American Fruit Growers, Inc. v. Brogdex Co. - 283 U.S. 1 (1931)
U.S. Supreme Court
American Fruit Growers, Inc. v. Brogdex Co., 283 U.S. 1 (1931)
American Fruit Growers, Inc. v. Brogdex Co.
Argued January 9, 12, 1931
Decided March 2, 1931
283 U.S. 1
1. Patent 1,529,461, to Brogden and Trowbridge, claiming a new and improved process of preparing fresh fruit for market by subjecting it to the action of a solution of borax, and thus, through the fungicidal properties of that chemical, rendering it resistant to the decay caused by blue mold, and also claiming, as a product, fresh citrus fruit of which the rind carries borax of small amount, but sufficient to render the fruit resistant to such decay, is invalid because the process was anticipated and the product is not within the patent law. Pp. 283 U. S. 11, 283 U. S. 13.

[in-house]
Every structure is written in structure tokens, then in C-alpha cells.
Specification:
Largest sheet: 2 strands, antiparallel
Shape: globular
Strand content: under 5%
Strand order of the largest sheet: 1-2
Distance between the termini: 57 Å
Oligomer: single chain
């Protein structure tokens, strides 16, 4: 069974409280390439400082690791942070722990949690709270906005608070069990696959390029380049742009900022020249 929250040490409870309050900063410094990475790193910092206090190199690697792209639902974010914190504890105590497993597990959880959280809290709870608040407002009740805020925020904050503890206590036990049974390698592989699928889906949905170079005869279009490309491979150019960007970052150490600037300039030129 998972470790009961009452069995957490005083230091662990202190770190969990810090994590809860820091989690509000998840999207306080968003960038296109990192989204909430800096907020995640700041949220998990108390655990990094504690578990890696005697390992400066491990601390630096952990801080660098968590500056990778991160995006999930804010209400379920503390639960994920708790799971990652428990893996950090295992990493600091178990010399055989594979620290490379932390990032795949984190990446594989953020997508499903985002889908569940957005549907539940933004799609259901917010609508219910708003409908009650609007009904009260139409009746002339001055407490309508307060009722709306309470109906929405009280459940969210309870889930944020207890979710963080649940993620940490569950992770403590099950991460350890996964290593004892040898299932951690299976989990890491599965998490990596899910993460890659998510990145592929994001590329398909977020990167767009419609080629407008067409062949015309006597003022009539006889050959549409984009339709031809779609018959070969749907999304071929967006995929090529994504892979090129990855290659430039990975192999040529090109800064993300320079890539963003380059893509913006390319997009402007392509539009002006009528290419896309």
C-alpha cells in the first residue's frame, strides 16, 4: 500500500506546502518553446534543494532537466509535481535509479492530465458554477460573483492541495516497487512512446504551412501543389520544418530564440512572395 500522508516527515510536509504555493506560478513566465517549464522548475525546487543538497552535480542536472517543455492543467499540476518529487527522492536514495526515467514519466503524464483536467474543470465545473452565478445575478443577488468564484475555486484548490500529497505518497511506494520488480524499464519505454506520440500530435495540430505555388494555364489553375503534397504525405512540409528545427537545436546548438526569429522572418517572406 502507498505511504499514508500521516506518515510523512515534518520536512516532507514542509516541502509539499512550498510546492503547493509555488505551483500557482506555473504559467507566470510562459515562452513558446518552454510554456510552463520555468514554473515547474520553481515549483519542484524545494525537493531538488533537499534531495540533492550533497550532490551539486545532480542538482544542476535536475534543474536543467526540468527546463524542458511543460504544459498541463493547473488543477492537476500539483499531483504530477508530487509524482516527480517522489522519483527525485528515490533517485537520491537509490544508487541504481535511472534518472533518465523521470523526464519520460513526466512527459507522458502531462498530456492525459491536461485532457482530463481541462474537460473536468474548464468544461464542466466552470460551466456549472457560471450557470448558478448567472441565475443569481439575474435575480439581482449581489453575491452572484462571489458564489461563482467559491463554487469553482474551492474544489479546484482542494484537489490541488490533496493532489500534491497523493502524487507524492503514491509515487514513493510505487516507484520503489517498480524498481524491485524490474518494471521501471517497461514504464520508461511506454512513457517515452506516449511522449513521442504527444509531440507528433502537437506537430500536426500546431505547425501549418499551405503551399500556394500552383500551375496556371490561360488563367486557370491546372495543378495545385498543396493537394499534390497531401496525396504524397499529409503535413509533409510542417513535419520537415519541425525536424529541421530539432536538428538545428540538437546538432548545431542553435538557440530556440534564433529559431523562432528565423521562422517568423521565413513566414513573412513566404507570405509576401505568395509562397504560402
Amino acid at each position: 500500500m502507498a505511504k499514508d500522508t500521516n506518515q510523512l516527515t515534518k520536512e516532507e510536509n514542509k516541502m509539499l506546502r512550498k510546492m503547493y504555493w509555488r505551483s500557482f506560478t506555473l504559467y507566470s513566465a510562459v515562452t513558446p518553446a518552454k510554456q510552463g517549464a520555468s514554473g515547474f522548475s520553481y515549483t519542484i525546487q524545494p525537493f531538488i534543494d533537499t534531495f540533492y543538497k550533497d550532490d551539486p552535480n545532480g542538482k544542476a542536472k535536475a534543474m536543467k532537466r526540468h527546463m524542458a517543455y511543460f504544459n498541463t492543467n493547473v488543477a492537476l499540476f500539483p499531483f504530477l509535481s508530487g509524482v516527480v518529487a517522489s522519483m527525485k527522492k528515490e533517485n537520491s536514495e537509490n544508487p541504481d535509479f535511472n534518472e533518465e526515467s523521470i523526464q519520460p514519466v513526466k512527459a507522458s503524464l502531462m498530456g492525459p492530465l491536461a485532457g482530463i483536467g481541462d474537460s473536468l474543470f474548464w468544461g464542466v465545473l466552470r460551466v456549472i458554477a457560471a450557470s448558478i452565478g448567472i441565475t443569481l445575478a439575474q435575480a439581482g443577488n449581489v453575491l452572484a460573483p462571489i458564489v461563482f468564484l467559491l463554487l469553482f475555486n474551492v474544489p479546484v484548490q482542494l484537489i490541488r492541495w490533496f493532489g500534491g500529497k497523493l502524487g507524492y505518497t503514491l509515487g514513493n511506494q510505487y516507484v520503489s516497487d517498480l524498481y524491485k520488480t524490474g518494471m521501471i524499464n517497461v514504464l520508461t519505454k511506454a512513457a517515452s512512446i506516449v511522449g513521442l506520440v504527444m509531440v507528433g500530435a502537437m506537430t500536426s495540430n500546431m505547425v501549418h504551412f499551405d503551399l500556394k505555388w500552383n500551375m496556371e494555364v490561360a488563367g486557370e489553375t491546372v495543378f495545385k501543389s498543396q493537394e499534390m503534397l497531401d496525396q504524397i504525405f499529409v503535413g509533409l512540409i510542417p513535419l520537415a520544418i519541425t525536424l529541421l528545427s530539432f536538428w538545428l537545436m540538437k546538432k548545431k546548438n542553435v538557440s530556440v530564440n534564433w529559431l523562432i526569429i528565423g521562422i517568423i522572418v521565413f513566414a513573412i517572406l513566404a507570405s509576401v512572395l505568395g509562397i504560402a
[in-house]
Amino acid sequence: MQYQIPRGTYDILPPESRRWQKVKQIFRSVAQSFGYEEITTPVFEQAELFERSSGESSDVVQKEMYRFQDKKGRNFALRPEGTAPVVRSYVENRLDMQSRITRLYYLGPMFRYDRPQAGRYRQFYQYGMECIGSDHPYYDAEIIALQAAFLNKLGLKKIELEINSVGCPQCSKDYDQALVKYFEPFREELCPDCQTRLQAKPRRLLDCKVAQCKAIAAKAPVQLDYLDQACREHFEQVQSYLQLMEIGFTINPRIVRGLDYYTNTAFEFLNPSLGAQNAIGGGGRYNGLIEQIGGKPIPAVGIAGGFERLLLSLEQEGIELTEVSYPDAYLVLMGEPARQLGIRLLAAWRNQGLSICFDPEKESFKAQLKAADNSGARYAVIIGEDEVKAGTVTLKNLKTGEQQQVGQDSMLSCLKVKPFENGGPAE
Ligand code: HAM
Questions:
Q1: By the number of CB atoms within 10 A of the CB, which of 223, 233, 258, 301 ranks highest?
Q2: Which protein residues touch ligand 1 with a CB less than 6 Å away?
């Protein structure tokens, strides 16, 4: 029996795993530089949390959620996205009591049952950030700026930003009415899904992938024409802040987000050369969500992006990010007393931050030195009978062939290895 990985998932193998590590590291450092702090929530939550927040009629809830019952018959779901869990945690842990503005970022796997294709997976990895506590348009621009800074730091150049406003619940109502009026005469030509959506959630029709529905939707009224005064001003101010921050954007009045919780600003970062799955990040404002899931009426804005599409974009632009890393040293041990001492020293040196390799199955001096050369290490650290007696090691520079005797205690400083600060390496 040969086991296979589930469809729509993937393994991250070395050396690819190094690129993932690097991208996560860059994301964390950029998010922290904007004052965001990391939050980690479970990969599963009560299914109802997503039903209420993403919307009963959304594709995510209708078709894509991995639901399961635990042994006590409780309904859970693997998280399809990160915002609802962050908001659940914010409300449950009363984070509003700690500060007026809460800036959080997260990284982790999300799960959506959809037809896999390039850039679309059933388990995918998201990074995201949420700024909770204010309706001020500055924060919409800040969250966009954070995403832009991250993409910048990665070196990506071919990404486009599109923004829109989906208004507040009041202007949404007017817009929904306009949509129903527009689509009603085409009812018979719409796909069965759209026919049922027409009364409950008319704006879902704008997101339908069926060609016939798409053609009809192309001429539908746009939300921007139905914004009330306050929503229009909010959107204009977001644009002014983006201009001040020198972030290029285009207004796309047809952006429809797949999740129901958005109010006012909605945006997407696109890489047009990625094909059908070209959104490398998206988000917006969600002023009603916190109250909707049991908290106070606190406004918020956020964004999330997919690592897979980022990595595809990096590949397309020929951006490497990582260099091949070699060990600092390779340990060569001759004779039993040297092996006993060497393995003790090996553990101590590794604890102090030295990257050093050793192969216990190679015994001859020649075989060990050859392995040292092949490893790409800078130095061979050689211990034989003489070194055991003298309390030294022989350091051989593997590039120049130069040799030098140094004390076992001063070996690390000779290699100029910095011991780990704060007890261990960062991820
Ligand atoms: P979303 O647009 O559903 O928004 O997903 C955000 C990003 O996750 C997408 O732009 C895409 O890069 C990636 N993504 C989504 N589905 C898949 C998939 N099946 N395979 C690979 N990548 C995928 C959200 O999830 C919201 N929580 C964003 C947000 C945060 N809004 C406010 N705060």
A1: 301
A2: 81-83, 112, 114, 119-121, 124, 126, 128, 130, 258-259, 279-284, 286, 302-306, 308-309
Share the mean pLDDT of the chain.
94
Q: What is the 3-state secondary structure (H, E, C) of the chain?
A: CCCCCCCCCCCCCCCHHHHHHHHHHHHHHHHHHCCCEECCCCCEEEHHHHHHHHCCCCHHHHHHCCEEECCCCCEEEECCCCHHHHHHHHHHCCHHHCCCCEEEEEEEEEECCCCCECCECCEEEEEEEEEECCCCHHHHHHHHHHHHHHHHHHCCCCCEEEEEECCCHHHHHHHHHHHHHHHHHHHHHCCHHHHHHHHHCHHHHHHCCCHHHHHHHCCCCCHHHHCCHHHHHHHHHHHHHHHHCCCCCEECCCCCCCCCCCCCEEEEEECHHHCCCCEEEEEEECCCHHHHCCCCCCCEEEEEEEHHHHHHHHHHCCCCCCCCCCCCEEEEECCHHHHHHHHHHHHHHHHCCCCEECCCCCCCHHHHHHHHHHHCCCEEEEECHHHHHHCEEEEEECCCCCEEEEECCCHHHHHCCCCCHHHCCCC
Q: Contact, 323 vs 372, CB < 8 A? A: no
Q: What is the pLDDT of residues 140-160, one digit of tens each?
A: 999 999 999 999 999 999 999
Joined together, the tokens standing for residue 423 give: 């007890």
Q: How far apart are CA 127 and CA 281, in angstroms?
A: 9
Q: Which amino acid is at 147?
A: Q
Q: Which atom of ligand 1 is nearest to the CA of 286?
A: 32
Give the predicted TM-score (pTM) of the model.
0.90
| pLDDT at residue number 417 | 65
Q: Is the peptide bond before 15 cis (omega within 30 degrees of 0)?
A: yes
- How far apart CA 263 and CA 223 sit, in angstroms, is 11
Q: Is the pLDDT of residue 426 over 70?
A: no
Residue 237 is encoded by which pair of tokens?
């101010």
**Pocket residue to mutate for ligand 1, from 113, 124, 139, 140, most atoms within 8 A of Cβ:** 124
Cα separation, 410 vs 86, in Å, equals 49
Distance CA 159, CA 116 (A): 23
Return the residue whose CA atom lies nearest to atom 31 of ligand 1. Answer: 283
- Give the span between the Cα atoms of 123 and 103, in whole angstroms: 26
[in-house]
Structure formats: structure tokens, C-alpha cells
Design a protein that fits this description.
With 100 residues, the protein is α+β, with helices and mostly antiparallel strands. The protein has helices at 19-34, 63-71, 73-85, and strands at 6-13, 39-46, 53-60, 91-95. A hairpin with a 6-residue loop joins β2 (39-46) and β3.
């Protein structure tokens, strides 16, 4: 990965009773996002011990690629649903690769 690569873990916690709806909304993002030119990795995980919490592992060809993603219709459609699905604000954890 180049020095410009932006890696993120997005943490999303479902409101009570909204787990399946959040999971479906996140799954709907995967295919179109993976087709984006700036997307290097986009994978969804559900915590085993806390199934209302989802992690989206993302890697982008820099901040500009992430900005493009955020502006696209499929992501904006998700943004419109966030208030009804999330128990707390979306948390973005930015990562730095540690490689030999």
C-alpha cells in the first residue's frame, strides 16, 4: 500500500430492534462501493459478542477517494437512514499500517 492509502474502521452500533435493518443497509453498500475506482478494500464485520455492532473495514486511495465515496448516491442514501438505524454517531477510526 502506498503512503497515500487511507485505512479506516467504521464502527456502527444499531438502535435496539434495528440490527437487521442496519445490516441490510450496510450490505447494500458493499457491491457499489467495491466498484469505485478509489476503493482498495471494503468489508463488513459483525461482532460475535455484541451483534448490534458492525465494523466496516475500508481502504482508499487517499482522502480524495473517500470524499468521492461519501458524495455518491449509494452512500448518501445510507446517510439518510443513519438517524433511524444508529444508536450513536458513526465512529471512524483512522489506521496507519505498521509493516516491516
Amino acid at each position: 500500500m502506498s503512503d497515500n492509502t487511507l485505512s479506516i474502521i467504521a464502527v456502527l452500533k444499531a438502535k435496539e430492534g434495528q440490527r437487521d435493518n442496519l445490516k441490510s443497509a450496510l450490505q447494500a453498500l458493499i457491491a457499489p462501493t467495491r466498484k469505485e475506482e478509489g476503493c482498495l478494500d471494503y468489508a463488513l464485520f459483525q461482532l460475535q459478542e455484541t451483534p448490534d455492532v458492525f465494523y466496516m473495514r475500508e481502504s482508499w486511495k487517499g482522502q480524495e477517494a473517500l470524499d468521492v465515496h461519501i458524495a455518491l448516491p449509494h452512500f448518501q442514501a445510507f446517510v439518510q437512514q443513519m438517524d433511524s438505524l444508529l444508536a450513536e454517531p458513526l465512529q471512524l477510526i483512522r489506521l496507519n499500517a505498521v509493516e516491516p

2. The claim of a patent must be explained by and read in connection with the specification. P. 283 U. S. 6.
3. An orange, the rind of which has become impregnated with borax through immersion in a solution, and thereby rendered resistant to blue mold decay, is not a "manufacture" or manufactured article within the meaning of the patent law, U.S.C. Title 35, § 31. P. 283 U. S. 11.
4. A patent claim is not novel if it would be infringed by following a process described in an earlier patent or if the substance of the thing claimed by the later patent was disclosed by the earlier one. P. 283 U. S. 14.
35 F.2d 106, reversed.
Certiorari, 281 U.S. 709, to review a decree which affirmed the district court, 21 F.2d 110, in adjudging that the patent of the present respondent was valid and was infringed by the petitioner.